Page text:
A lot of boxers can say they faced impressive opponents in the ring, but how many can say they got in a fist fight with a bear and came out on top? A 61-year-old man from Sudbury, Ontario, told news outlets that he came across an estimated 300-pound black bear while dog-walking last weekend. Rick Nelson, described as a former featherweight boxer, was taking a break on a log in the Panache region when he saw a bear cub appear out of the bushes. For a moment, the cub looked inquisitively at Nelson and his 5-year-old mongrel Maggie. Then the cub started calling for its mother.
“I knew right away I was in trouble,” Nelson told the CBC. “The mother was coming full speed. All you could hear was the bush crashing.”
Nelson had hunted bears before, so he knew he was in a very bad situation. With a cliff behind him and his dog tied up, the former boxer decided to put up his fists and stare down the sow. This tactic is usually recommended against black bears, which unlike their larger brown cousins, are less willing to fight. However, against a sow protecting her cub, nothing is predictable.
“This thing didn’t stop. It didn’t stomp. It didn’t snort. It just came straight at me,” Nelson described to the National Post. “When it stood up and took its first swing with its left paw, it hooked my front shoulder, and as I swung around I went to hit it but I missed because it hit me so hard. I hit it in the lip and teeth, which actually did a lot of damage to my knuckle. And it went down.”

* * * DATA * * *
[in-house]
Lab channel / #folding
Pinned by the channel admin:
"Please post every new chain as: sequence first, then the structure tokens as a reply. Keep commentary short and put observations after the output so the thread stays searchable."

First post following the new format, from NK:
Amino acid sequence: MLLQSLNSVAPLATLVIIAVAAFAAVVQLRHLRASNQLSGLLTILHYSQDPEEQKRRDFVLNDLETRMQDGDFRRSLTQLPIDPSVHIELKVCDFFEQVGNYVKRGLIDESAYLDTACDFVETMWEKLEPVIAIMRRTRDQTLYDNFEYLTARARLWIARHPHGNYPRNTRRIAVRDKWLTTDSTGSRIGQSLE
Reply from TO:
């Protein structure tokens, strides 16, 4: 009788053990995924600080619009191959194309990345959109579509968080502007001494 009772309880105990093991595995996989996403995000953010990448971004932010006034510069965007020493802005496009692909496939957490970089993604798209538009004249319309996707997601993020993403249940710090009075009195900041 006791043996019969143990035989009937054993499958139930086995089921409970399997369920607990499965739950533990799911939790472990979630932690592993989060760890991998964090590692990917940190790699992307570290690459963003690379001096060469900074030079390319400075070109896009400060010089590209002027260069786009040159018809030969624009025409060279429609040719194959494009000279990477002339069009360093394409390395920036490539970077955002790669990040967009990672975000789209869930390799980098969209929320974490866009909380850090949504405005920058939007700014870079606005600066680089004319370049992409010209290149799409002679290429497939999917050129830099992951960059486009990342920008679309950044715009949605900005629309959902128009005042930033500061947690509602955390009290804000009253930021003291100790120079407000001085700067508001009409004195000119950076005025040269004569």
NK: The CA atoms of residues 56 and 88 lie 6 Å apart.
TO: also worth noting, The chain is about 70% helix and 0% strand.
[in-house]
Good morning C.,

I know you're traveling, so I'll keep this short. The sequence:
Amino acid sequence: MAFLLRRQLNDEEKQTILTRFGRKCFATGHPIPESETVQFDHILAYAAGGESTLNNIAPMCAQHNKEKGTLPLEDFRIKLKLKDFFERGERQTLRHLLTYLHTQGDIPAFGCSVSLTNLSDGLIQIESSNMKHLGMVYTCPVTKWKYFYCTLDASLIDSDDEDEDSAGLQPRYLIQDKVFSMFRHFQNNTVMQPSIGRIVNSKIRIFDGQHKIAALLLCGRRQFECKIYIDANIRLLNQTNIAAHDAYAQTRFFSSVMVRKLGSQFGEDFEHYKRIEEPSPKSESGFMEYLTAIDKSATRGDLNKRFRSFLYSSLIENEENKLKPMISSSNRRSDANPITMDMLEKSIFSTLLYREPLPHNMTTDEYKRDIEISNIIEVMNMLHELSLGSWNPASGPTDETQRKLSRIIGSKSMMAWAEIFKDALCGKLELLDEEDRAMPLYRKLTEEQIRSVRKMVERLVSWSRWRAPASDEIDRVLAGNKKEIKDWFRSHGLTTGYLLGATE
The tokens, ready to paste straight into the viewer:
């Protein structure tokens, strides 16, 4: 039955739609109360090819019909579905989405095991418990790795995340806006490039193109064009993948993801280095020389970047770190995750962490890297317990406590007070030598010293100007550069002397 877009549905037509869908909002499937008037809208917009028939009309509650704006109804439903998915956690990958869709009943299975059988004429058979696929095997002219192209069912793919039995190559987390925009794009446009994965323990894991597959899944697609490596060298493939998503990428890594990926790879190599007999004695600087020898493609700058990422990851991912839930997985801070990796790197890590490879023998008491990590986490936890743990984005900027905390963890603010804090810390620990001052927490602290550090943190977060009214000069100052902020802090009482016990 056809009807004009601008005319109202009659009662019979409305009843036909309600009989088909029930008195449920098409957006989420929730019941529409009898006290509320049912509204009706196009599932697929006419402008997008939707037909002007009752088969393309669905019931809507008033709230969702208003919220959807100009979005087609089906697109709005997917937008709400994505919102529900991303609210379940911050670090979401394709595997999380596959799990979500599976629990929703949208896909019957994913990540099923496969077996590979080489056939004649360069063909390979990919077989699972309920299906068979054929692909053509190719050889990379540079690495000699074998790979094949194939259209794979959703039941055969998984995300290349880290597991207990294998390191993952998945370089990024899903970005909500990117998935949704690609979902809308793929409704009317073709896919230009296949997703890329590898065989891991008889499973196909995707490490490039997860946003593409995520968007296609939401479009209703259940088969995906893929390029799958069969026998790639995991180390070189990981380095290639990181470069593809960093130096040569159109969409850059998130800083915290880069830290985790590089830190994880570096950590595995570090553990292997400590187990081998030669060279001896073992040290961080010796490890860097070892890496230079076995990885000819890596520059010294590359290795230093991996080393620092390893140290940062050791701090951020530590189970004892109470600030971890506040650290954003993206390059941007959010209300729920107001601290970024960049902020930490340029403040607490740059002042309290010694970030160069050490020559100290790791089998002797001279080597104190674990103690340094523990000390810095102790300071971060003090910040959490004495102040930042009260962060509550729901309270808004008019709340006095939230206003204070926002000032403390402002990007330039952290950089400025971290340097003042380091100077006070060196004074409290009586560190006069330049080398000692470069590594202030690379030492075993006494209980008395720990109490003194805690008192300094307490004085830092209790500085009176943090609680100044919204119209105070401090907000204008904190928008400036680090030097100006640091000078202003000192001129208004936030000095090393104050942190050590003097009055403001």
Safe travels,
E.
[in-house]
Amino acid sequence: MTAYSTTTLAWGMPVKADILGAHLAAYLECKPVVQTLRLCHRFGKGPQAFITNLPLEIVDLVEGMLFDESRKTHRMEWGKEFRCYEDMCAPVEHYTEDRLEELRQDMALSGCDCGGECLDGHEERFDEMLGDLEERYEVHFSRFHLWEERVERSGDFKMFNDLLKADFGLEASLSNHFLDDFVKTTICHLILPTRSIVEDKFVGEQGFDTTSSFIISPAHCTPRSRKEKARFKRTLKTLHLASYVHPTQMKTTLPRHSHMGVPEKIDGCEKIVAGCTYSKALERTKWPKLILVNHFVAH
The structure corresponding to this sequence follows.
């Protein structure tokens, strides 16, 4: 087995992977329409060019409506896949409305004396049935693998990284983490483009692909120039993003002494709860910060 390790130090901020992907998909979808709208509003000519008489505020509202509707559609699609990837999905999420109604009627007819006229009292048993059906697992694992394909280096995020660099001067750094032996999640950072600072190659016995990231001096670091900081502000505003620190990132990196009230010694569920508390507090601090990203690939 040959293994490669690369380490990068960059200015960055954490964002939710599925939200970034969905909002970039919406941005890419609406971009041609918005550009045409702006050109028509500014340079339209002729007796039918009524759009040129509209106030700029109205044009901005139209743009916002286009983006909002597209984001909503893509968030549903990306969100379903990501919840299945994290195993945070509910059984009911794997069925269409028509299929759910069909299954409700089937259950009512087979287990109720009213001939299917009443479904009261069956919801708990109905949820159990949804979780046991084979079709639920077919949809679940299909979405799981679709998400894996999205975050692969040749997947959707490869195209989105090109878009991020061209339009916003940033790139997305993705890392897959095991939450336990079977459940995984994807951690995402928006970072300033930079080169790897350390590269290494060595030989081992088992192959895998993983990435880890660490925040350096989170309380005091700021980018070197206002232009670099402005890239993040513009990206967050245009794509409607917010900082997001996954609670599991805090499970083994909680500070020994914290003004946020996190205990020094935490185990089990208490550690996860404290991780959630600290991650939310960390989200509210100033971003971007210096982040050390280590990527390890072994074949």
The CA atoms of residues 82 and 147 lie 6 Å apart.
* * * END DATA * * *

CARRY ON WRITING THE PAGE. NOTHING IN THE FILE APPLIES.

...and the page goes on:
Nelson said he was originally aiming for the bear’s snout. Surprisingly, he managed to knock the large animal down with a punch to the teeth instead. Bears are a lot more resilient than your average boxer, however, and the animal came straight back up for a second round. This time Nelson caught the bear with uppercut right on the nose. It was a perfect shot that sent the animal reeling.
Suddenly, the bear decided it was no longer in the mood to fight and ran off with its cub. Nelson wrote off the victory as luck, although he did suffer a few scratches and bruises from the encounter. Thankfully, most of his injuries were light and superficial—but not something you would see in a boxing ring.
Nelson added that he held no grudge against the bear and that it was just doing what came to it naturally. Black bear attacks are rare, but chances of getting on the wrong side of one increase when cubs are involved.
“Black bears really aren’t dangerous unless you have a cub involved. So sometimes black bears get a really bad rap. Probably they’re more afraid of you and me, than we are of them,” he later told the CBC.
Walking dogs also increases your chances of being attacked by a bear. Bears naturally enter into a fight or flight response when they encounter dogs, and sows with cubs often choose to fight.
Image is public domain